An incredible bowling display from Yasir Shah has sparked a historic Black Caps meltdown on day three of the second test in Dubai.
Shah claimed the best figures ever recorded against New Zealand, taking 8-41 in the first innings as the Black Caps capitulated for 90 – their lowest total since being rolled for 68 against England in 2013.
The Pakistan veteran took seven wickets in 27 balls as he turned the Black Caps middle order into binary code – 0, 0, 1, 0, 0, 0 – as New Zealand eventually compiled six ducks in total, equalling the world record.
Outside of the Black Caps' top three, no batsman made more than Ajaz Patel's four, and most egregiously, none lasted for more than seven balls. From Ross Taylor at four to Trent Boult at 11, the Black Caps added just five runs – the least in test history from batsmen 4-11 - as they slumped from 50-0 to 90 all out.
328 runs behind and forced to follow on, the Black Caps at least showed some semblance of fight in the second innings, with Kane Williamson (30), Tom Latham (44 not out) and Ross Taylor (49 not out) seeing them through to 131-2 at stumps. However, the damage was done – with two days to go, the Black Caps trail by 197 runs, and based on today's batting effort, are surely only fighting for pride at this point.
Many of the Black Caps' batting problems exposed in the first test were exploited again by Pakistan, and their fatal flaw for many years – facing elite spin bowling – was the biggest of them all.
Shah became the first player this century to take 10 wickets in a day - having added two more for good measure in the second innings - and proved simply unplayable as the Black Caps completely imploded.
Incredibly, before Shah struck oil, it was all going so well for New Zealand. At 50-0 in response to Pakistan's 418-5, things were going solidly to plan for openers Latham and Jeet Raval, before Shah turned destroyer in the penultimate over before lunch and started a historically awful collapse.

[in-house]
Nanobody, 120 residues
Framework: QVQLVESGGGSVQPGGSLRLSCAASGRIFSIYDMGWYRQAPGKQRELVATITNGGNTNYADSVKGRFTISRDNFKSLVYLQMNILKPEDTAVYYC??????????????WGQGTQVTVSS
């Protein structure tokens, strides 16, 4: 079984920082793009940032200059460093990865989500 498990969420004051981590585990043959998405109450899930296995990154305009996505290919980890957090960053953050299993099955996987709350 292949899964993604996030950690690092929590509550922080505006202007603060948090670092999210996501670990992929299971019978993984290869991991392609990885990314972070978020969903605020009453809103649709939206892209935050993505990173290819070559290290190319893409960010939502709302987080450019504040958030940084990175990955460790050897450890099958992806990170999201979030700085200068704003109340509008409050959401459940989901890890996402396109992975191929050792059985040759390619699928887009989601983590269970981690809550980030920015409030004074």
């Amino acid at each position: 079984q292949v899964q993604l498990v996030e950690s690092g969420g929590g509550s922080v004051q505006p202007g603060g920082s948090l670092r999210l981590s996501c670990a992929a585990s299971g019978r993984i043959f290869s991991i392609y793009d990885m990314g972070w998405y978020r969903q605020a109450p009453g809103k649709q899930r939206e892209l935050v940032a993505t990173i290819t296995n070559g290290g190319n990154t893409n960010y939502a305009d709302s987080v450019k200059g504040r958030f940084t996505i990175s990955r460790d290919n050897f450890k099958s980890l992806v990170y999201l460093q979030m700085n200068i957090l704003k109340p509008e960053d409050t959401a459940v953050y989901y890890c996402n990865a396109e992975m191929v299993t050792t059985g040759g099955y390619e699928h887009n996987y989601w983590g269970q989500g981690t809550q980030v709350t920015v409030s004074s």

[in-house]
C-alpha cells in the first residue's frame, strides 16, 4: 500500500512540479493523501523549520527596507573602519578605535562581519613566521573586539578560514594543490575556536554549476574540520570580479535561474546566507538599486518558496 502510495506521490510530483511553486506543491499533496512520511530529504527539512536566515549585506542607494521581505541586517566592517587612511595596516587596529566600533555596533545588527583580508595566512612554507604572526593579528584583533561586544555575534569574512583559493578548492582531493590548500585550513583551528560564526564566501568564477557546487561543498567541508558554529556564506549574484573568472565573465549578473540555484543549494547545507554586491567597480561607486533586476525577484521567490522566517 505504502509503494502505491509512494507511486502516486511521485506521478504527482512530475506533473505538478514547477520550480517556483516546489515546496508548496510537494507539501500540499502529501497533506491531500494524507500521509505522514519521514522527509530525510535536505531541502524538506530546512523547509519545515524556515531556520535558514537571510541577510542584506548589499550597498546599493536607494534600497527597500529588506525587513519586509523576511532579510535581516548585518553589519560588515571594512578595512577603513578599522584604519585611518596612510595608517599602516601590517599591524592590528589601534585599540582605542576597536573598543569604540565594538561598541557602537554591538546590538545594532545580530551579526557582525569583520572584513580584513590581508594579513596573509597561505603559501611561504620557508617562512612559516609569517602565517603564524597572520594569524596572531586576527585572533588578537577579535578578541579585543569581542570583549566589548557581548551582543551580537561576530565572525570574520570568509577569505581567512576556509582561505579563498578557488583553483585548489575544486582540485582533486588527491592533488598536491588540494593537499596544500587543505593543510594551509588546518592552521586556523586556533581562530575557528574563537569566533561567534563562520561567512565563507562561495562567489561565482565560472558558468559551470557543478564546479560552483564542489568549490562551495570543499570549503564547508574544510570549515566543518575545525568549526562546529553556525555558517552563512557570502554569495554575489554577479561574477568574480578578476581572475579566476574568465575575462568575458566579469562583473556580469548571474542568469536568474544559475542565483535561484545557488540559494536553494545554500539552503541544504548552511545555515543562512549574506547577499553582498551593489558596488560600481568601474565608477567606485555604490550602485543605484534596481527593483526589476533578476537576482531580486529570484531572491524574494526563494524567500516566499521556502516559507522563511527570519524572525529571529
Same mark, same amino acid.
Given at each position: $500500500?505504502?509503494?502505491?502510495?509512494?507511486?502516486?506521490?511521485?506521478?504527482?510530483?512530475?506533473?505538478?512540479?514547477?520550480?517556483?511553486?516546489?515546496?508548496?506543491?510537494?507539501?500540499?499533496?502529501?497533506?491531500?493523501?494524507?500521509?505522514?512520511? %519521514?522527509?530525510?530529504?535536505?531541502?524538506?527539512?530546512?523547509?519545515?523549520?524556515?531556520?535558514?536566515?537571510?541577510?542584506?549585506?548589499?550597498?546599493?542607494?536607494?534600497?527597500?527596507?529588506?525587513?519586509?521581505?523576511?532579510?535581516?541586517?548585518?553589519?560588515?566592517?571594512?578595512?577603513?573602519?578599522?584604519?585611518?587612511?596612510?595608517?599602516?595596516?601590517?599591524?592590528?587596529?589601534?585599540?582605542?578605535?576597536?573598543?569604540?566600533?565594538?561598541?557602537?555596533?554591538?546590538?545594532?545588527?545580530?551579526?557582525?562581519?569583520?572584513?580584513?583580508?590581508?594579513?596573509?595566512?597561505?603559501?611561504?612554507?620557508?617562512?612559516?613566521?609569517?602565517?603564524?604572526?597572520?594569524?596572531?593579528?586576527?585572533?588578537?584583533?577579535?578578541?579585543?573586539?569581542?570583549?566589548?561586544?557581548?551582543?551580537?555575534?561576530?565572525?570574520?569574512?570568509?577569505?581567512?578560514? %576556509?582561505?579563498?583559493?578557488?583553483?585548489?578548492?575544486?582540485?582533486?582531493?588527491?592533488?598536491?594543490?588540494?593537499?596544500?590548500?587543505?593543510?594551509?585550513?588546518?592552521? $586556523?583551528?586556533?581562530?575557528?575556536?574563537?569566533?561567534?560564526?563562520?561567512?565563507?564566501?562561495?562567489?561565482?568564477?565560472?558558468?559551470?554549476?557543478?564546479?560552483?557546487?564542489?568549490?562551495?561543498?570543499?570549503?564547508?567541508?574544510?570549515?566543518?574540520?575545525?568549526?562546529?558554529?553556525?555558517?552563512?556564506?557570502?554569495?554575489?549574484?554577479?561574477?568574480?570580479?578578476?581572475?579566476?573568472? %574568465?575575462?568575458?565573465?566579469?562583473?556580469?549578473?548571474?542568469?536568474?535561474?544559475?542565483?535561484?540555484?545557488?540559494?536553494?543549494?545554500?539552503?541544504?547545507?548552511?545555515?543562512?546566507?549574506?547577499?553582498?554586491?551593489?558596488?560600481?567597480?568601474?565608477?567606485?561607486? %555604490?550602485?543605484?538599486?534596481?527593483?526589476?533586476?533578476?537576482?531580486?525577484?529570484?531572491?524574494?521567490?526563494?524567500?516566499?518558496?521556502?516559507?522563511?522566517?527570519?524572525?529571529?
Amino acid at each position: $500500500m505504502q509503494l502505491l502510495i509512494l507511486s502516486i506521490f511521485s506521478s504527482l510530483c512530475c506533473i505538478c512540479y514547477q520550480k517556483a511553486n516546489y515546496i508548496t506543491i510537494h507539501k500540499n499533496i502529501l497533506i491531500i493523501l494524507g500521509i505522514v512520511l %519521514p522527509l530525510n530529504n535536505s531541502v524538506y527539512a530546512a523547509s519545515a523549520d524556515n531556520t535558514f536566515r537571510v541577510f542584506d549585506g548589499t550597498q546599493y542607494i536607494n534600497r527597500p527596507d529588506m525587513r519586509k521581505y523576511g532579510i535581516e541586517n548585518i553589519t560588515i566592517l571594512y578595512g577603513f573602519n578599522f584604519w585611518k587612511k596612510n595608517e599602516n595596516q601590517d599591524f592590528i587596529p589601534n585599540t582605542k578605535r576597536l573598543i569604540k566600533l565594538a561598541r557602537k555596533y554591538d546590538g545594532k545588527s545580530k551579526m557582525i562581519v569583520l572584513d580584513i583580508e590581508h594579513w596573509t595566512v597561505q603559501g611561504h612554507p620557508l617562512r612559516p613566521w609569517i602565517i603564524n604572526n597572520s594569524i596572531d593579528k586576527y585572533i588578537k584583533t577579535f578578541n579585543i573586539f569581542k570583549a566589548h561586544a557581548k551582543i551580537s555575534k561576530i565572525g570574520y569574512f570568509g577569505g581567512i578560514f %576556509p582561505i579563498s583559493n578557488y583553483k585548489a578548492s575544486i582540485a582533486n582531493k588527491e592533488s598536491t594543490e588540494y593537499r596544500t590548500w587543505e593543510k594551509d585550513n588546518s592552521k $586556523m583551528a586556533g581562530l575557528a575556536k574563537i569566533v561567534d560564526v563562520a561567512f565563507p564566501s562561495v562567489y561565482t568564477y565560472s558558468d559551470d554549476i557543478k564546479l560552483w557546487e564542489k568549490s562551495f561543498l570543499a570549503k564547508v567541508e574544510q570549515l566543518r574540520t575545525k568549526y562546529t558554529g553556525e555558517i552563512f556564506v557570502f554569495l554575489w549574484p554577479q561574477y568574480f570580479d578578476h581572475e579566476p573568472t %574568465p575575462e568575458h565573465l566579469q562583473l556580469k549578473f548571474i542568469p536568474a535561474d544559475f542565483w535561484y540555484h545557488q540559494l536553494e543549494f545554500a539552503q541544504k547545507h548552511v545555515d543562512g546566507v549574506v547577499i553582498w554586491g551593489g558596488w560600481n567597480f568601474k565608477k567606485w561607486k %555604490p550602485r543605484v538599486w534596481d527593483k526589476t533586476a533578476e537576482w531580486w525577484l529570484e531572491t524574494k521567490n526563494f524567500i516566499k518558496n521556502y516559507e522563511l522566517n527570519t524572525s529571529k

A triple-wicket maiden was the commencement of the calamity, with ten wickets falling for just 40 runs, including a crumble from 61-1 to 72-8, as New Zealand completely capitulated on the Dubai wicket.
Latham, Taylor and Henry Nicholls were Shah's victims to start the stunning slide, as Williamson stood at the other end, watching his side's hopes disappear.
It was inspired bowling. Latham was the first to go, perturbed by significant bounce, and popping a catch to Imam ul-Haq at short leg, but the next two scalps were straight out of the legspinning manual.
Taylor got a peach of a delivery which pitched on middle stump and turned past his attempted forward defence, crashing into off stump, before Nicholls saw a ball rip back in between bat and pad and castle his stumps as well. Both batsmen were gone for two-ball ducks, and the Black Caps' innings lay in ruins.
Somehow, it got worse.
Immediately after lunch, BJ Watling found himself back in the pavilion, after a disastrous run-out. Channelling Pakistan's comedic stylings between the wickets, he had a major mix-up with Williamson when attempting what should have been a straightforward single, and was caught well short of his crease.
Colin de Grandhomme's wretched run with the bat then continued, trapped lbw for a fourth-ball duck, and none of the bowlers provided any resistance was, one by one, Shah sent them packing.
Williamson, who looked like he was playing at a different ground, was the only player to look at ease when facing Shah, but was left hopelessly stranded, finishing unbeaten on 28. He passed Martin Crowe for fourth on New Zealand's all-time test run scoring list, but it all seemed irrelevant, in the midst of the chaos surrounding him.
And, as the Black Caps were forced to immediately return to the horrors after being asked to follow on, even Williamson couldn't survive Shah forever. After Shah had already stumped Raval, Williamson got a slight edge on another beautiful delivery, and had to depart.
Taylor and Latham tried to salvage something from the day, making a good attacking fist of the final session as they added an unbeaten 65. However, it didn't change much - when stumps were called due to bad light, it was a fitting end to a dark day for New Zealand's batsmen.